The resounding feeling after re-watching the weekend’s match was that the Wallabies did well to be down by just three points at halftime despite being the worse team.
This was a chance to regroup and realise how much of their fate was in their own hands, but instead of coming out with a bang, annoying errors over the span of just 11 minutes put the game out of reach.
Sticking tackles and making some slightly smarter tactical choices will improve the result, but seeing the success the Springboks had with their ‘bomb squad’, it’s time to have a team start that can play tactically brilliantly and keep us in the game so that the reserves can capitalise on a more tired defence.
The point has less effect when the opposition is the All Blacks, who boast a ridiculous bench man-for-man, but the tactic can still be put to good use.
Starting these changes off would be the tighthead prop position. Taniela Tupou dominated Super Rugby AU and is a human highlights reel, but you don’t get those same luxuries in Test matches and he has failed to have the same impact over the last two fixtures.
Allan Alaalatoa, on the other hand, has come off the bench and stuck to all of his tackles but also made more metres off fewer runs over the same amount of game time on the weekend. It makes sense to reverse their roles so that the Wallabies can get the richest benefit from both players’ individual skillsets.
Another change would see Liam Wright start at 6 and Ned Hanigan take the 19 jersey. Wright had one loose carry, but otherwise showed he can be efficient in the rucks, is useful in lineouts, and has the capacity to truck it up in the absence of bigger ball carriers.
Hanigan’s inclusion is more to do with the fact Rob Simmons doesn’t provide the impact needed off the bench. Hanigan or even Trevor Hosea would pose more of a powerful injection from the reserves.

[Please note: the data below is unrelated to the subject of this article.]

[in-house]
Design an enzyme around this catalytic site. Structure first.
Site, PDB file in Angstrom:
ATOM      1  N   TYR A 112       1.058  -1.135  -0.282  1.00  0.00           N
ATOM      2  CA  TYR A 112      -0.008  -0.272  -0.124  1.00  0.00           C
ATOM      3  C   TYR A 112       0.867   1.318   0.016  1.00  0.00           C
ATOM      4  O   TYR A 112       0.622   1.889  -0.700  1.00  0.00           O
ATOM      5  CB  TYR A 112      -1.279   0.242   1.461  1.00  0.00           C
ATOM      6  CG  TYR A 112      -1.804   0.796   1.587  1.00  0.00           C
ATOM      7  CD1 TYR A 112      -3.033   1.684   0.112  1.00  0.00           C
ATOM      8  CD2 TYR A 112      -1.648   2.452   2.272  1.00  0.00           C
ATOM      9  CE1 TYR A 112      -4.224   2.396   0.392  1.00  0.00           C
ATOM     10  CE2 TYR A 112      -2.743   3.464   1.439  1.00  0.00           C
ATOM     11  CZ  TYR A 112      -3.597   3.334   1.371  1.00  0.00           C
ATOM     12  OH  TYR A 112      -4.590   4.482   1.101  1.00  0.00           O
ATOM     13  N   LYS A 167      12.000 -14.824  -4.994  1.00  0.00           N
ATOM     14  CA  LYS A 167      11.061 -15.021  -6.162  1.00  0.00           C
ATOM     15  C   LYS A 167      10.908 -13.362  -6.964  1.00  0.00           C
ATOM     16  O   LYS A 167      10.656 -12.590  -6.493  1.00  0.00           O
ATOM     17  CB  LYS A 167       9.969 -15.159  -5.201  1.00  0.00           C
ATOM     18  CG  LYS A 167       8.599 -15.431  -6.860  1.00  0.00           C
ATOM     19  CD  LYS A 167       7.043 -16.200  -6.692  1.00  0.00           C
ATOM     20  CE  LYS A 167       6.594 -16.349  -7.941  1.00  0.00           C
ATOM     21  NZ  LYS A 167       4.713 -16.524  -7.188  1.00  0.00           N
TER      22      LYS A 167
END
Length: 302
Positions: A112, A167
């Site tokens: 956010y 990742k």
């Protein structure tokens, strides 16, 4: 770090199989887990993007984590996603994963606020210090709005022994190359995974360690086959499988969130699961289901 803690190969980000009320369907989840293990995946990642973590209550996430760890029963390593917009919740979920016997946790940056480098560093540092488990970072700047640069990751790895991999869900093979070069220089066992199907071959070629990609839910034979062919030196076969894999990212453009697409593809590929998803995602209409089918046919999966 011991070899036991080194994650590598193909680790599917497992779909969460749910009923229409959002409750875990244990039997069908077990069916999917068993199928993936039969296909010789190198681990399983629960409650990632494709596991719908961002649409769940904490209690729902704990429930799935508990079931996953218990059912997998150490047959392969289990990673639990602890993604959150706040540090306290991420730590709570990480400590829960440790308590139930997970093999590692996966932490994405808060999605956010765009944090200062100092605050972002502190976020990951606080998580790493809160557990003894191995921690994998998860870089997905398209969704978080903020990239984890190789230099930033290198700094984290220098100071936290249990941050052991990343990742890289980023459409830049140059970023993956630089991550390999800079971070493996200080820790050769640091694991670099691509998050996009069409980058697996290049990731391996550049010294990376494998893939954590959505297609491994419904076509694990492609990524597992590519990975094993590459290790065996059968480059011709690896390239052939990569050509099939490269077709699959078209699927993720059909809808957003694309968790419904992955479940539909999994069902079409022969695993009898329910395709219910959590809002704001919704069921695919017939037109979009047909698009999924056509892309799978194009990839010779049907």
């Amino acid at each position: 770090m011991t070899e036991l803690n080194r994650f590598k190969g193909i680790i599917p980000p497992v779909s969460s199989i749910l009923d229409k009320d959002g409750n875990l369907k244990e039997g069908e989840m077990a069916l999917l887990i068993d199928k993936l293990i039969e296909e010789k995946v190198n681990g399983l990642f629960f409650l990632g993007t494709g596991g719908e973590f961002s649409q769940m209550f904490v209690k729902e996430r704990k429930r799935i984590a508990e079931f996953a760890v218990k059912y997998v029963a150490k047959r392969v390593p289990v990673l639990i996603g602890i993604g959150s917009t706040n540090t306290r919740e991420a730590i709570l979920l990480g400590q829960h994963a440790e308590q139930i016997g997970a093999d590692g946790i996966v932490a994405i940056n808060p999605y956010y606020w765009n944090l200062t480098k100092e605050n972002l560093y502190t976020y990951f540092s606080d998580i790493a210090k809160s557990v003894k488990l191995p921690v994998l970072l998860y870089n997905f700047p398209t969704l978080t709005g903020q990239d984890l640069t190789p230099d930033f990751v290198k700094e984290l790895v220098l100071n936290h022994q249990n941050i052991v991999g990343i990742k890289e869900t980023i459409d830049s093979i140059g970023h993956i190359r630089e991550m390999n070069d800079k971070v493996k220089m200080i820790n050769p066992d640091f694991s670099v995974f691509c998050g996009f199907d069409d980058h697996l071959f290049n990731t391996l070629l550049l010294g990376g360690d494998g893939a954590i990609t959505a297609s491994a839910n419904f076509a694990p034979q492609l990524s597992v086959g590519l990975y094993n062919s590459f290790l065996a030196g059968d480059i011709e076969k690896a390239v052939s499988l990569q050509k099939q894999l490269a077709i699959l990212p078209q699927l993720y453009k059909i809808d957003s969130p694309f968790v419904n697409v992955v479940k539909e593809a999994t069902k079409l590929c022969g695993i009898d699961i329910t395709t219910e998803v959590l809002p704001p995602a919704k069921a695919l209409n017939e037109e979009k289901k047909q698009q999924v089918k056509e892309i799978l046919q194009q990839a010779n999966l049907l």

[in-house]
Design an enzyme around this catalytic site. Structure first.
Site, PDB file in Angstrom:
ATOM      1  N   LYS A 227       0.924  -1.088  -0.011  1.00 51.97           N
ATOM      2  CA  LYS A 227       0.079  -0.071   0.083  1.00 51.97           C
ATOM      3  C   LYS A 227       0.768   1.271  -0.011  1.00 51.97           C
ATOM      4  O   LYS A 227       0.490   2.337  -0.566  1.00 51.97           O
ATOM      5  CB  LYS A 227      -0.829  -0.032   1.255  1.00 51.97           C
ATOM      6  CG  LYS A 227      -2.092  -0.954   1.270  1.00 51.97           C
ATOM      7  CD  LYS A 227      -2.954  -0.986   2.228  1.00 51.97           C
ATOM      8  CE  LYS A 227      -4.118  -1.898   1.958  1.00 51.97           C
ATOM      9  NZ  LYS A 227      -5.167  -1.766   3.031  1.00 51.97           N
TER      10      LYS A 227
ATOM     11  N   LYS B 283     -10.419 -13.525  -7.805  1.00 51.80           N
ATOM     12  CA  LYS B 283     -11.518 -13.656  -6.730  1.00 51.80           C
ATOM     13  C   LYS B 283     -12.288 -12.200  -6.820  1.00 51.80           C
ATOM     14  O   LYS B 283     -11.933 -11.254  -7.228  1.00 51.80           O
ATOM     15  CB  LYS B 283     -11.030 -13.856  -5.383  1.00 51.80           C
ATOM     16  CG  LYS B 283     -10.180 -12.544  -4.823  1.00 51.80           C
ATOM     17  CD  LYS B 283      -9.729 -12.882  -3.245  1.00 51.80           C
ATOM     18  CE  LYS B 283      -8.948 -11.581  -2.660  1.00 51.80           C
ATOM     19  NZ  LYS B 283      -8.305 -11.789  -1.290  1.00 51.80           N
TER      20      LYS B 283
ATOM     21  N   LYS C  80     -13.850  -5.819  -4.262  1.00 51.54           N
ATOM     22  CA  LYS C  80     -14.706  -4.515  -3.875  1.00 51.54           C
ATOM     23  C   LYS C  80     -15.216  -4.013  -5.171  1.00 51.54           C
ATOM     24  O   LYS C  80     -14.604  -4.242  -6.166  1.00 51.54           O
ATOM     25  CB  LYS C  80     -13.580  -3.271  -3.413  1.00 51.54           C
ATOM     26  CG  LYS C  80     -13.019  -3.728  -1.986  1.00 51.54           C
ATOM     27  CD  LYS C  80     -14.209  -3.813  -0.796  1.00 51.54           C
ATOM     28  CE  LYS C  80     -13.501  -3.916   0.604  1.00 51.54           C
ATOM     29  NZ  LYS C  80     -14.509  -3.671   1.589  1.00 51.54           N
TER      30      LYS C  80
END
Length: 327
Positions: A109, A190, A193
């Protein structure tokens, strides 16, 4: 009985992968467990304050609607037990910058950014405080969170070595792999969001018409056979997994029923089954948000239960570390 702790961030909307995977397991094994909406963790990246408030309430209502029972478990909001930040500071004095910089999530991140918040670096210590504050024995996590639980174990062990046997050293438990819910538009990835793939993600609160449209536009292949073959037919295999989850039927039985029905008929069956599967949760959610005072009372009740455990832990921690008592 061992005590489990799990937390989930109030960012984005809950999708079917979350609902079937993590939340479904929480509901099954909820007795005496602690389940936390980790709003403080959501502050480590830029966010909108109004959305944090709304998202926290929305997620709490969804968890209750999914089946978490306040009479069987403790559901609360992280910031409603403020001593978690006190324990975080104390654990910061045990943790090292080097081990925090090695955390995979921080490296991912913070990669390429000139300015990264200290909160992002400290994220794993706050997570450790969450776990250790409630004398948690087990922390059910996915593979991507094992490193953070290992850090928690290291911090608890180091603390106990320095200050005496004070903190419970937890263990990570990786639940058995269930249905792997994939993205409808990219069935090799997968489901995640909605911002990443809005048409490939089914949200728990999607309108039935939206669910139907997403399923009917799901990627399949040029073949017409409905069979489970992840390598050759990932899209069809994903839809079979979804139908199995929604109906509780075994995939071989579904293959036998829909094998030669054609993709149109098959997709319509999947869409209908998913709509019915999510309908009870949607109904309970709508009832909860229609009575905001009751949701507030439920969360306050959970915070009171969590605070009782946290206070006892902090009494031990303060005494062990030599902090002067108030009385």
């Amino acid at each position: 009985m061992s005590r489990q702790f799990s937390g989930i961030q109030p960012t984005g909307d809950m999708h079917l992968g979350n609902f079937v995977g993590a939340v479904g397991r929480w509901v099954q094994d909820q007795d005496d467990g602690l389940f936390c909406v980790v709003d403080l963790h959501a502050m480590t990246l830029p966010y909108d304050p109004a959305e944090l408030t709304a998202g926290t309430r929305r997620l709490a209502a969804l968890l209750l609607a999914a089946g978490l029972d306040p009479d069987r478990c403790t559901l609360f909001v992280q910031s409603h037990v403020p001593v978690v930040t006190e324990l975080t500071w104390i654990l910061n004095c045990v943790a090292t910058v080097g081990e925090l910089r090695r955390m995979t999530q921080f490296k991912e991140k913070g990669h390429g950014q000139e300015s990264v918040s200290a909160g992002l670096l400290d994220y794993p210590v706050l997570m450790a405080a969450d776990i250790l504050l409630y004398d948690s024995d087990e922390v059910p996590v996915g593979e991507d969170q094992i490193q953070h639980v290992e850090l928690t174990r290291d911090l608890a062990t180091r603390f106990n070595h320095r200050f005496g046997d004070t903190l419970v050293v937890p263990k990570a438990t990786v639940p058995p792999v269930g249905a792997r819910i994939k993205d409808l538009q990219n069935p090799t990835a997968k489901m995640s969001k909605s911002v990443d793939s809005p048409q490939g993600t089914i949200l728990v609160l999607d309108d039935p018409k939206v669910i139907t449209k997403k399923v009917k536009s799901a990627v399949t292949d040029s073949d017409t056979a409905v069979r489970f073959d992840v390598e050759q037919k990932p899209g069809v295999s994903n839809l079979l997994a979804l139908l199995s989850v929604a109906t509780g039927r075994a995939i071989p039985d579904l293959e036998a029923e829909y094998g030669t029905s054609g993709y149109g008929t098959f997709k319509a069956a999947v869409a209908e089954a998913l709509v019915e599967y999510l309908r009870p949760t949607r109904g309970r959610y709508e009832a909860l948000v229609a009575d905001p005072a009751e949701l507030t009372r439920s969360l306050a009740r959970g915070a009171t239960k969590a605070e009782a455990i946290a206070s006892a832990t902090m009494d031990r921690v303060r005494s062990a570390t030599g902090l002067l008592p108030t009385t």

Rounding out the changes would be Tate McDermott coming in. Jake Gordon was brought in for his better kicking and passing game, however, as much as I like him for the Waratahs, his crabbing with the ball and delayed decision making haven’t helped the Wallabies and I’ve seen nothing in those matches to warrant a better box-kick keeping McDermott from playing.
McDermott showed time and again that he could set plays outside him with his vision, but importantly, he was the best exponent at targeting tired or unobservant defenders and punishing them with well-timed and well-placed snipes.
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In all, the Wallabies have a tough ask to win two consecutive Tests against the All Blacks to reclaim the long-lost Bledisloe Cup.
The last encounter doesn’t exactly instil the assuredness of two on the trot, but there are definitely enough promising signs out there to feel optimistic about Rennie’s Wallabies, however he chooses to name them next weekend.
My side for Bledisloe 3
1. James Slipper
2. Brandon Paenga-Amosa
3. Allan Alaalatoa
4. Lukhan Salakaia-Loto
5. Matt Philip
6. Liam Wright
7. Michael Hooper
8. Harry Wilson
9. Nic White
10. Noah Lolesio
11. Marika Koroibete
12. James O’Connor
13. Jordan Petaia
14. Filipo Daugunu
15. Dane Haylett-Petty
16. Jordan Uelese
17. Scott Sio
18. Taniela Tupou
19. Ned Hanigan
20. Pete Samu
21. Tate McDermott
22. Hunter Paisami
23. Reece Hodge